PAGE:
Tanol Speed generates higher film speeds or shorter development times than Tanol. The stain is yellowish green and with some films the density of the base fog can be higher than usual.
This developer is suitable for most films between 25 and 400ASA. In most cases the nominal film speed according to ISO can be either reached or surpassed.
Films that I have not listed are not suitable for this developer. All major brands have been tested. If your preferred film is not in the list, you can spare yourself the trouble of making your own test series.
As yet, there is no knowledge about the shelf life of the stock solutions after opening. However, I do not expect any significant change towards Tanol.
I determined the film speeds using current lots.
Temperatures and times: In my data sheet development times are given at temperatures of 20°C and 24°C. I prefer 24°C. After pre-rinsing in this temperature and 10 minutes of development – even in room temperatures of only 20°C – the decline in temperature in the tank will be 1°C at most. If you want to use deviant temperatures please use our calculator.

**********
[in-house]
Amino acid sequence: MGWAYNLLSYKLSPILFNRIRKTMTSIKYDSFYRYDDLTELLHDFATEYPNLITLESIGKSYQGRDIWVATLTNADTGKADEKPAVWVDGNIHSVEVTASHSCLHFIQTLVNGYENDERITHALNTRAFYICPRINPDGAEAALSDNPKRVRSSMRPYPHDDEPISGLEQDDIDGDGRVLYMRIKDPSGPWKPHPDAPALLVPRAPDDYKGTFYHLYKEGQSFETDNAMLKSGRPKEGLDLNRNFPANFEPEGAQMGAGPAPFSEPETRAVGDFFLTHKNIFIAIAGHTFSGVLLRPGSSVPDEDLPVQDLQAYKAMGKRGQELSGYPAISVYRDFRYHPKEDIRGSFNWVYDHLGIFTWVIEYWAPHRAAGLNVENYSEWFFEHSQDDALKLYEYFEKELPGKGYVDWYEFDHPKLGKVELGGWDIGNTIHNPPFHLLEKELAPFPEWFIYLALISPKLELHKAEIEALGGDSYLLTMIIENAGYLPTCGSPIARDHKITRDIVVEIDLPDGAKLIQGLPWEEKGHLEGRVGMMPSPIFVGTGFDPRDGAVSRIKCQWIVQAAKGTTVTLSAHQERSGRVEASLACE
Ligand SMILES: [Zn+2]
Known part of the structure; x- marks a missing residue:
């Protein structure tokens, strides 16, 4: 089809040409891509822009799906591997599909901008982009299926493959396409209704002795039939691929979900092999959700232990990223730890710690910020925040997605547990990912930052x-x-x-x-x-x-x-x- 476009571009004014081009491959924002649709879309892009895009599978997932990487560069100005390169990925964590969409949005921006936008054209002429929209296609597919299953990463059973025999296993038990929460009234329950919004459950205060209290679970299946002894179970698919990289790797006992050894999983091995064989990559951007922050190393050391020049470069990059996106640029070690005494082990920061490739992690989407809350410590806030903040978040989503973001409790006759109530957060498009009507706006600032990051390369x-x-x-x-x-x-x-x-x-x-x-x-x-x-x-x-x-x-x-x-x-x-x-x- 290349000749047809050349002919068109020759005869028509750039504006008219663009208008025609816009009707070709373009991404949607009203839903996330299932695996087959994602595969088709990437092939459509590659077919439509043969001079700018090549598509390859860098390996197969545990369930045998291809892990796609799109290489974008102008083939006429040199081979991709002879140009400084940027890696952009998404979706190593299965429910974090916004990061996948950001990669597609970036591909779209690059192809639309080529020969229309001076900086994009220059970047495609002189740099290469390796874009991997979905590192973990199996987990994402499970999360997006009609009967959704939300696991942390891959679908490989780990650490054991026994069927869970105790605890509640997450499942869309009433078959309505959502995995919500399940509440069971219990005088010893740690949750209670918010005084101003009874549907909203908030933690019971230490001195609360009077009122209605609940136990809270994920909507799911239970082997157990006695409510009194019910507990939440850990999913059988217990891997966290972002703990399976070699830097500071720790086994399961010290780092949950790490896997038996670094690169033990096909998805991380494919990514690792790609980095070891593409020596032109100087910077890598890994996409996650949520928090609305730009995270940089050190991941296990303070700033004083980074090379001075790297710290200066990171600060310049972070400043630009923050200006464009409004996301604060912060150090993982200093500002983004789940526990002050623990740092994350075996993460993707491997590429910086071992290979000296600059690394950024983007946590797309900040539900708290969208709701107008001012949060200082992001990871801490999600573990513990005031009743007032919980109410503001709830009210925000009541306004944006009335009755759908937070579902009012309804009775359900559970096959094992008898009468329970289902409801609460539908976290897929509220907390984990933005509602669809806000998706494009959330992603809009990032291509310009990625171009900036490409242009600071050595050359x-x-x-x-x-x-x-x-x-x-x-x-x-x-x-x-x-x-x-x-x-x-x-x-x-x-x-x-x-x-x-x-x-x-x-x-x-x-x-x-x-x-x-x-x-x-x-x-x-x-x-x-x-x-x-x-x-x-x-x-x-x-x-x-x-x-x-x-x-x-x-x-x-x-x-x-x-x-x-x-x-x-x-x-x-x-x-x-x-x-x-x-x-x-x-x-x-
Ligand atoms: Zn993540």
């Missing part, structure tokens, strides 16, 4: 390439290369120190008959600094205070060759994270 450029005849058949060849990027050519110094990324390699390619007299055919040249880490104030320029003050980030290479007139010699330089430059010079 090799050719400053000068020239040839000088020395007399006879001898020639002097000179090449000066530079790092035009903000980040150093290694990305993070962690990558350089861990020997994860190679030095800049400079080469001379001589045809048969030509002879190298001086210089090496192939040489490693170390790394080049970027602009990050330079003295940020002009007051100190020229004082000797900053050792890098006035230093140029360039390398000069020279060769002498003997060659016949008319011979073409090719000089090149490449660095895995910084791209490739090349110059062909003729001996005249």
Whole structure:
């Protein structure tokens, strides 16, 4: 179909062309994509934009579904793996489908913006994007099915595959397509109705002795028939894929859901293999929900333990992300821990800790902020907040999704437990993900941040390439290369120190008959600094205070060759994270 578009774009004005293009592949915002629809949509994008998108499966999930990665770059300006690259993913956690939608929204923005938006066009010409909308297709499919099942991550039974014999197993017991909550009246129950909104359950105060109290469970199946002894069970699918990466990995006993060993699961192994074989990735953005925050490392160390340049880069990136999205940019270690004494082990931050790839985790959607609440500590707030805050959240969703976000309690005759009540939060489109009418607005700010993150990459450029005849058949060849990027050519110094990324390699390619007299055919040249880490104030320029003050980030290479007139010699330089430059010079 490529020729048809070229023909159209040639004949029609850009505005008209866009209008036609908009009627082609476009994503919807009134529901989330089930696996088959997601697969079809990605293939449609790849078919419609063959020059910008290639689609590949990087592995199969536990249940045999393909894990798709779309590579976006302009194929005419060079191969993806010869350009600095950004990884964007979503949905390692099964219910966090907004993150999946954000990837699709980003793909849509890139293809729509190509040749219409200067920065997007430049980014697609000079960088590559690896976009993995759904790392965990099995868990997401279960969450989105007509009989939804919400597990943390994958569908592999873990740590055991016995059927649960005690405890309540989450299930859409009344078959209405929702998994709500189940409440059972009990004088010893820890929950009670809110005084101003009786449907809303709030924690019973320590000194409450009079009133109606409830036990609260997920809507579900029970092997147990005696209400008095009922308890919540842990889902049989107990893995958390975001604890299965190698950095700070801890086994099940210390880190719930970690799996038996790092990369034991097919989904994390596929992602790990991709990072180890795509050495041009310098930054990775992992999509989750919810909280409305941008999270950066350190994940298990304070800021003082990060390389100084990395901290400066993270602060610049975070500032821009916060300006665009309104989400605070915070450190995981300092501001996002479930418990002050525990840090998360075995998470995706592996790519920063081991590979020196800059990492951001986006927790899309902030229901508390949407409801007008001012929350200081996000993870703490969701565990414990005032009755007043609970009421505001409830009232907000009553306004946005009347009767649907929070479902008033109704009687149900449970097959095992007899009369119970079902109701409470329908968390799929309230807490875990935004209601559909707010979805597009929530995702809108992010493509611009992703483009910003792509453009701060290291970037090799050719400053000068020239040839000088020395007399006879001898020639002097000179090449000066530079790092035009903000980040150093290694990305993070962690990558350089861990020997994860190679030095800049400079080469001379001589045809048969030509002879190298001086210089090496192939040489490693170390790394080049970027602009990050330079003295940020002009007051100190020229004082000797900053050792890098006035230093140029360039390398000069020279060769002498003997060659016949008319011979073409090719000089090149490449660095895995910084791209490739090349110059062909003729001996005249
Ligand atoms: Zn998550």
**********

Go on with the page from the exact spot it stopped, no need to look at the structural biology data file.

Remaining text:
Using the recommended settings, if you make a reading with a colour-blind densitometer you get a silver density of 0.12logD or more for zone I. In the lower zones the total density (silver+stain) is only slightly higher than measured with a black and white densitometer. In the highlights the cumulative density is much higher. If you make your own evaluation with a black and white densitometer and you use VC paper, you may reach the nominal values of the zone system, but you must not exceed them. When using graded paper the curve (without the stain) has to be made flatter by shortening the development time.
The standard dilution is 1+1+100. To reach a higher film speed, use an alternative dilution from our data sheet.
On Tmax film with a dilution of 1+1+130 you gain 1°DIN in film speed. On Rollei Retro100 and Ilford FP4 you can double the nominal film speed by extending development times. In contrast to conventional push development by means of underexposure and overdevelopment, the curve is not steeper but bellied up from the shadows to the mid tones. This is a real gain in film speed without blocking the highlights. On some films this gain of up to one stop comes with an increase of the base fog.
This developer is not suitable for high speed films like Delta 3200. For films that have a tendency to develop a dense base fog (Tri-X, Rollei Retros and IR) Finol is the better choice.
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